The other day I walked into my children's' room and found my 10-year old son reading a book on his bed. Now, if you're a parent, you know you're almost always in for a surprise when you walk into your kids' room unannounced. That he was reading a book didn't surprise me. It was the book he was reading; a children's book of the 10-page cardboard stock variety. One about a brown bear. I asked him if he remembered it from his earlier days. He shrugged me off. I was a bit taken aback.
"Man, I must have read that book 600 times to you. Your mom and I probably memorized it and about 20 other books by the time you were two."
He wasn't impressed.
When our kids were young, my wife and I - ok, mostly my wife -- constantly consumed all the research stressing the importance of actively reading to children. And here was the result. My son didn't remember the brown bear book. Let down, I pulled another book from the shelf, about a father hare and his son. Did he remember that book?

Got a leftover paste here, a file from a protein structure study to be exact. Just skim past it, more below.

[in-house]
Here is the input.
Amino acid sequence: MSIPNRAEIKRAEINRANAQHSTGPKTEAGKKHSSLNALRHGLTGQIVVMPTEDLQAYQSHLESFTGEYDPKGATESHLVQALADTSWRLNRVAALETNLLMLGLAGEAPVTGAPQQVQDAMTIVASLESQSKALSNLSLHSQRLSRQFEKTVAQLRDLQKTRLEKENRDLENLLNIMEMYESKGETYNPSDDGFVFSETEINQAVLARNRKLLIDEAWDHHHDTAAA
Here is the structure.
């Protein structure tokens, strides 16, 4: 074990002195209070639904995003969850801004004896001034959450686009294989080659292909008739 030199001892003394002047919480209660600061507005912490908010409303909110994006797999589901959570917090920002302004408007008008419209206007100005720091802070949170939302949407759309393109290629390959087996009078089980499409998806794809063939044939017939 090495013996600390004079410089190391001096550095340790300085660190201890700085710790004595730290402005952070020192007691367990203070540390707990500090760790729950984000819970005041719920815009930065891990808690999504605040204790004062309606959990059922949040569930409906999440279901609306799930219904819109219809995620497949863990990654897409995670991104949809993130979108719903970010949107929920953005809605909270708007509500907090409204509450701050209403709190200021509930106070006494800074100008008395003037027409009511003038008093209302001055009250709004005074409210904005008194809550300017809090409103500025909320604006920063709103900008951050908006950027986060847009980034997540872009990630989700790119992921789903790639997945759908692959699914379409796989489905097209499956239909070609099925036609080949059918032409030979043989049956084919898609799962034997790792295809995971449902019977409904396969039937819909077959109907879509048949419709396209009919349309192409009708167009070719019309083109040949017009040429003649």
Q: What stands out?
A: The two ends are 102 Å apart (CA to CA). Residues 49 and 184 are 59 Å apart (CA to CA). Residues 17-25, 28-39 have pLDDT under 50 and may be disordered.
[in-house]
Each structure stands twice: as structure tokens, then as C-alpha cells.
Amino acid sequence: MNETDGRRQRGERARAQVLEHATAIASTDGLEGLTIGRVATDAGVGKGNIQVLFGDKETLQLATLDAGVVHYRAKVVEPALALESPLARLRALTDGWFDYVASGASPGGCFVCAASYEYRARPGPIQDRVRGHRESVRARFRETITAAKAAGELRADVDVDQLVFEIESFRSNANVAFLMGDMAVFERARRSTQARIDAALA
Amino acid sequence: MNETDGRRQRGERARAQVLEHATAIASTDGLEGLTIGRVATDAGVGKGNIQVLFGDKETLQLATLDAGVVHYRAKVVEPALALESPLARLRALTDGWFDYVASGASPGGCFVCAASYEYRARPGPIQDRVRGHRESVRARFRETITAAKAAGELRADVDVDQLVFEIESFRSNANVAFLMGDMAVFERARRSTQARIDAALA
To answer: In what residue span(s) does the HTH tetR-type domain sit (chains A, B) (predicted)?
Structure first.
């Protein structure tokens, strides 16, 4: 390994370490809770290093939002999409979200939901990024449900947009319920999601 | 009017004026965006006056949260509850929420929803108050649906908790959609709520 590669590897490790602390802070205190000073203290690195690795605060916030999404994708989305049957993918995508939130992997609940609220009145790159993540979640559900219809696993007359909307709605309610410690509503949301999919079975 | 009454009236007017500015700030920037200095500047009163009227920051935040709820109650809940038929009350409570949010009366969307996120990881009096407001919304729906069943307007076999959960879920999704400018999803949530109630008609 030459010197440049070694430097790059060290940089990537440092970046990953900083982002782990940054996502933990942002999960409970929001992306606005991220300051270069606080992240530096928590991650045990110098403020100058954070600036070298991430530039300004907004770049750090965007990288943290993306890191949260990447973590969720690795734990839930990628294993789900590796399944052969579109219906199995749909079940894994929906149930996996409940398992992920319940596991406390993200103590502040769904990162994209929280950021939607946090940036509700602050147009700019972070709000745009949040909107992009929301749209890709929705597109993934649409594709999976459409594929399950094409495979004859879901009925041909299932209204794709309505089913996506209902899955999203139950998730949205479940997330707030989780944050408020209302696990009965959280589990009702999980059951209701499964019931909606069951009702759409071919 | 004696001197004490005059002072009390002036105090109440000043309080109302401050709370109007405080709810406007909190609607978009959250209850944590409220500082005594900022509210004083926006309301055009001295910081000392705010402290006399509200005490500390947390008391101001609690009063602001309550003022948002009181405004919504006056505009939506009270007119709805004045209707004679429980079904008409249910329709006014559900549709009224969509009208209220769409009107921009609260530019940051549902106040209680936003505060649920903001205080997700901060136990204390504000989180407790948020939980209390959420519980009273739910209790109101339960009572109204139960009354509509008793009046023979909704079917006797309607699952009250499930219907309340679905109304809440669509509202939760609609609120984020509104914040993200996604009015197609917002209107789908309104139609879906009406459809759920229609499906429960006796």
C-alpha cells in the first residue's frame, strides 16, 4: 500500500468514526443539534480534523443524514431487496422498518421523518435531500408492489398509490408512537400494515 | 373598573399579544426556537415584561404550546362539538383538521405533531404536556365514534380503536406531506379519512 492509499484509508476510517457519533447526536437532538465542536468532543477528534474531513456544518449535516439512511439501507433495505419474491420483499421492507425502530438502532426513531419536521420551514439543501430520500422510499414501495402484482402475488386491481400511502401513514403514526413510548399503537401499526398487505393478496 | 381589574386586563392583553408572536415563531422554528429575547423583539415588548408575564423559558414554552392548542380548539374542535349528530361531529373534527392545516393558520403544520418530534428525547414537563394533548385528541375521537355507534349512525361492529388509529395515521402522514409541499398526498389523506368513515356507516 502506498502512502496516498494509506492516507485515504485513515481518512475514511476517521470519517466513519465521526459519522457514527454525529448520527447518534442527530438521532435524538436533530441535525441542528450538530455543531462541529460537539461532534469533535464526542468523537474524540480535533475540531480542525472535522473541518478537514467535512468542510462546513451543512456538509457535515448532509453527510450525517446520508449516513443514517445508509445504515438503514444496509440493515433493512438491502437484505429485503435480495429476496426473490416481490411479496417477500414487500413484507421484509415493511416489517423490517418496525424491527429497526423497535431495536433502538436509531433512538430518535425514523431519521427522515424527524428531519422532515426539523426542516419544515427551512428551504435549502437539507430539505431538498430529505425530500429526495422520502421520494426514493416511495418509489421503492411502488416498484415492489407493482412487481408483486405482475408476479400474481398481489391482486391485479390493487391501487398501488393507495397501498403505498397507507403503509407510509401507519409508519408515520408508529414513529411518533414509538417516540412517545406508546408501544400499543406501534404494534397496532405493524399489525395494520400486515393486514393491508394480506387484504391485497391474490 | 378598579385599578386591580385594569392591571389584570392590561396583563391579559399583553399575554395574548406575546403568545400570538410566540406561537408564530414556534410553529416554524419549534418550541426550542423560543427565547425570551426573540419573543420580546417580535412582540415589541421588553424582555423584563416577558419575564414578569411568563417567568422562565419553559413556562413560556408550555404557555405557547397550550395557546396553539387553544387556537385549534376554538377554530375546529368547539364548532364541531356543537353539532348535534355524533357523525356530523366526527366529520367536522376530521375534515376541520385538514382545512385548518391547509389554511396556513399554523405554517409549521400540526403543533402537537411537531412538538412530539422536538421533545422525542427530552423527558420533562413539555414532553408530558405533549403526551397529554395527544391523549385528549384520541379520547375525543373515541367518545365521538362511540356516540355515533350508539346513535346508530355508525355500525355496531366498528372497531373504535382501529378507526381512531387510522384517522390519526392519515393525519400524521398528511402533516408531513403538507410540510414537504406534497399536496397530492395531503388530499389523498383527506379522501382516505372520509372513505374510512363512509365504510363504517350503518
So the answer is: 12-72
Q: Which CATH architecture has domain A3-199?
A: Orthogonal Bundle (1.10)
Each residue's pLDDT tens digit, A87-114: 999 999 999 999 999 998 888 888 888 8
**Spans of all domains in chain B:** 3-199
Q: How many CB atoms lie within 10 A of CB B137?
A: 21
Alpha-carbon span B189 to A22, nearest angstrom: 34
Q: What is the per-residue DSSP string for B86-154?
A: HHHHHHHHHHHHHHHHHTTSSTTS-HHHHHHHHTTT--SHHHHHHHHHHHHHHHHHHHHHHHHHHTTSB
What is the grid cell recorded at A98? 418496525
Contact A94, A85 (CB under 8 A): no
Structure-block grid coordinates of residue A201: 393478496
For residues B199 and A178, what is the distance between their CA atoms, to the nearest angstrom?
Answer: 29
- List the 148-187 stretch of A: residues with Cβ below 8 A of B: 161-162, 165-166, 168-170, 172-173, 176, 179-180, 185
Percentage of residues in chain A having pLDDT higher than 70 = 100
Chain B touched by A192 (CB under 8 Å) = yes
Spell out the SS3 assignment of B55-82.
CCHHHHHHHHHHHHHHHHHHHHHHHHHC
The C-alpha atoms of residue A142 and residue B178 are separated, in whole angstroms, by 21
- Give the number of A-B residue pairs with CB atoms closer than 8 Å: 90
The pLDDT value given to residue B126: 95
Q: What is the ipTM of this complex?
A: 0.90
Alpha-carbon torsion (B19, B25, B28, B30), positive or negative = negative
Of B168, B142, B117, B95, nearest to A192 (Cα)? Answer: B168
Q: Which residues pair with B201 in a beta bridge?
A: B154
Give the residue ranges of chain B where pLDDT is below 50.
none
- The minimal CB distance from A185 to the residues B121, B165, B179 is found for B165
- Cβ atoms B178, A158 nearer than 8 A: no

"Of course," he said. "It's about a father and son and they compete with each other over who loves the other the most."
He was spot on.
As I sat there reminiscing over all the time spent reading books together (and we still do every now and then) I realized that it really paid off, not because my son remembered this book or that, but because he and his sister, now a teenager, are both avid readers, devouring novels daily, even stealing away to read a newspaper article here and there. And I know that their love for the written word and storytelling has its roots way back in the beginning of their lives, during their nightly bedtime stories. I also know it's a good idea to keep some of those old books around, because they provide great moments of reflection and storytelling themselves.